Rock/pop Clubs by Night
Rock/Pop Club Directory
Rock/Pop Bands in Town
Jazz Clubs by Night
Jazz Club Directory
Jazz Bands in Town
It’s time to kiss Carol Palesky farewell.
I don’t mean that literally. After all, she’s a married woman, not to mention a convicted felon. Being caught smooching with Palesky would do your reputation no good. (Although, it might do wonders for hers.) Let’s play it safe, and limit ourselves to a figurative peck on Carol’s cheek, as she slides into political oblivion.
Palesky’s moment in the limelight has been Andy Warhol-brief. It lasted from February 9, when the secretary of state certified she and her followers in the Maine Taxpayers Action Network had submitted enough signatures to force a referendum on a statewide property-tax cap. It ended March 8, at a legislative public hearing on her proposal. Even before that meeting was over, reporters were deleting her phone number from their PDAs and tearing her card out of their Rolodexes. When it came to quotes on the tax cap, Palesky was no longer their go-to girl.
This sudden shift was hardly surprising. The press has never been comfortable with Palesky. Although she’s been a fixture for more than a decade in the debate on property taxes, she’s always been a less-than-satisfactory spokeswoman for her cause, given her criminal record (convictions for forging dates on an earlier set of referendum petitions and embezzling thousands of dollars from a former employer; she avoided being found guilty of bank robbery only by pleading insanity), her personality (she claims her opponents are part of a vast conspiracy of hideous evildoers), and her inability to get the facts straight (fitting all her oddball assessments into a parenthetical expression would take an industrial trash compactor, but here’s one example: While state and municipal officials say her tax cap would reduce revenue to cities and towns by $700 million per year, Palesky told a legislative committee it would only cut their income "a little bit." Once the cap was in place, she said, the average tax rate in the state would be about $17 per thousand. Uh, Carol, according to the Maine Revenue Service, the average rate last year was $16. Are you saying your cap will increase taxes?).
But the real reason Palesky is as out of fashion as J-Lo’s last wedding dress is because the news media have finally discovered somebody else who can stand up for the pro-tax-cap crowd, and dish out sound bites. The new poster boy for fiscal conservatism is Phil Harriman, a former Republican state senator from Yarmouth and a frequently mentioned GOP candidate for something, anything, everything.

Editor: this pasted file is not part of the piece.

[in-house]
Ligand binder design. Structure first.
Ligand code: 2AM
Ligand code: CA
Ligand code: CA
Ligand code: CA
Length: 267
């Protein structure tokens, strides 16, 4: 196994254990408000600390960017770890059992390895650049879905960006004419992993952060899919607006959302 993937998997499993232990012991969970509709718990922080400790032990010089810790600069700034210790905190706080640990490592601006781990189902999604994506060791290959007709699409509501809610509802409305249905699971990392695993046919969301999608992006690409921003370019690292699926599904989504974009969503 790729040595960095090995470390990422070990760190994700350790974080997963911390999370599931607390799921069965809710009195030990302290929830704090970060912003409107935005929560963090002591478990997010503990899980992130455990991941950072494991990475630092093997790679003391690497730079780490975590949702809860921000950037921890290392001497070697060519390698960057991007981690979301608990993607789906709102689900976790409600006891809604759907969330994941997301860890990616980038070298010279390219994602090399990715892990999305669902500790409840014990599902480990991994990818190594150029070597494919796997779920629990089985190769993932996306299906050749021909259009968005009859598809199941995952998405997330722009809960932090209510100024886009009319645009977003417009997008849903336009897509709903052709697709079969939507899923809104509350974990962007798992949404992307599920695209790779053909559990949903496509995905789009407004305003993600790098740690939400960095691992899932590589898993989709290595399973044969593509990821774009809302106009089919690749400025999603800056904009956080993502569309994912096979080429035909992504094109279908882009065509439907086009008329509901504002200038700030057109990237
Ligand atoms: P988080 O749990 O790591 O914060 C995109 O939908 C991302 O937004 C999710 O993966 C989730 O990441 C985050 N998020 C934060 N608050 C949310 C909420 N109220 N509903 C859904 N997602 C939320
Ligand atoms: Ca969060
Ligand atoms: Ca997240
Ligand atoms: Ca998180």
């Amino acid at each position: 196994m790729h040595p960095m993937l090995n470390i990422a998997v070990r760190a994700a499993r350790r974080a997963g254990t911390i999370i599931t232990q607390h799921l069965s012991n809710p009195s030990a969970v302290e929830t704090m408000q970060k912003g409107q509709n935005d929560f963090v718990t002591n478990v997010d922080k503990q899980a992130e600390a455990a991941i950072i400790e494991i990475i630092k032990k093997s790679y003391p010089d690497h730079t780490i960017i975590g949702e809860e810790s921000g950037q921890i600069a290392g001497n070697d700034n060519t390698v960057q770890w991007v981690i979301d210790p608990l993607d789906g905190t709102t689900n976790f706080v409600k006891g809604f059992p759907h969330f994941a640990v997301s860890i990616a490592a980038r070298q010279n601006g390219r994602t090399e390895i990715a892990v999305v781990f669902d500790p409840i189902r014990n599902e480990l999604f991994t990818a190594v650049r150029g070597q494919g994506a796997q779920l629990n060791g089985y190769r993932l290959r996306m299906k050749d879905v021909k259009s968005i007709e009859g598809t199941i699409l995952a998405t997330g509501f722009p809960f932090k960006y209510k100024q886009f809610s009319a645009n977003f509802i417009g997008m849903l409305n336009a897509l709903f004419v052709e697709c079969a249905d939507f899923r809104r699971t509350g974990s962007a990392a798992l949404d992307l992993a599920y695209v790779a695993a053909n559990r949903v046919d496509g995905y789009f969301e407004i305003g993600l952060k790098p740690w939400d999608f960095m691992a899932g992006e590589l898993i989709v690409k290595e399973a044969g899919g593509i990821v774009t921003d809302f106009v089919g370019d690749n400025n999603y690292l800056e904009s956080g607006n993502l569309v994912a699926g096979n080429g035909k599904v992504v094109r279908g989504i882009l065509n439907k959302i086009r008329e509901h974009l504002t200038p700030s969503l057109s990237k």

Harriman is the anti-Palesky. He’s credible, articulate, telegenic, friendly, and devoid of serious criminal convictions. As an ex-member of the Legislature’s Appropriations Committee, he can cite loads of state-budget data to boost his contention that only a strict cap will ease Maine’s crushing tax burden.
Suddenly, the debate is no longer between normal people and nuts.
Harriman is careful to distance himself from Palesky and her group. "I don’t know her," he said. "I have no intention of being part of the Maine Taxpayers Action Network. I have not collaborated with Ms. Palesky in any way.
"All I am focused on is the initiative that gives the citizens of the state of Maine the opportunity to lower taxes. All the labeling — including Ms. Palesky’s pedigree, if you will — doesn’t overcome the fact that this is the only opportunity the people have to reduce the tax burden."
Pretty slick. Harriman has managed to shove Palesky to the sidelines, where she’s left with two choices. She can either sit quietly while he gets the attention, or she can attack him for being part of the conspiracy against her. Either way, he gains stature with mainstream voters and the media, while she’s marginalized.
The next step for Harriman is to form a political action committee to raise money for the pro-tax-cap campaign. He said he’s already had calls from "dozens of people" who want to help, but insisted he doesn’t want a leadership role in the PAC.
"I don’t plan to be the campaign director or anything like that," he said. "I’m interested in being the voice for people who are genuinely oppressed by the taxes they’re paying."
There are some who suspect Harriman may be using the tax-cap issue to enhance his political prospects, speculating the new PAC will have a name like People Helping Implement Limits For Overall Reductions in Government Operations and Ventures (PHILFORGOV). If the referendum is successful in June or November (the ballot date hasn’t been set yet), Harriman would be well positioned to run for major office.
"That speculation is unfounded," said the non-candidate. "I do not have plans to run for governor at this point. I have two kids in college, and I have to pay my property taxes, as well."
If you live in the Blaine House, you don’t pay property taxes. Although, you might find Carol Palesky lurking in your shrubbery. If you do, give her a kiss for me.
Clap or carp about the cap by emailing me at email@example.com
The Politics and Other Mistakes archive.
Issue Date: March 19 - 25, 2004
Back to the Features table of contents
|© 2000 - 2016 Phoenix Media Communications Group|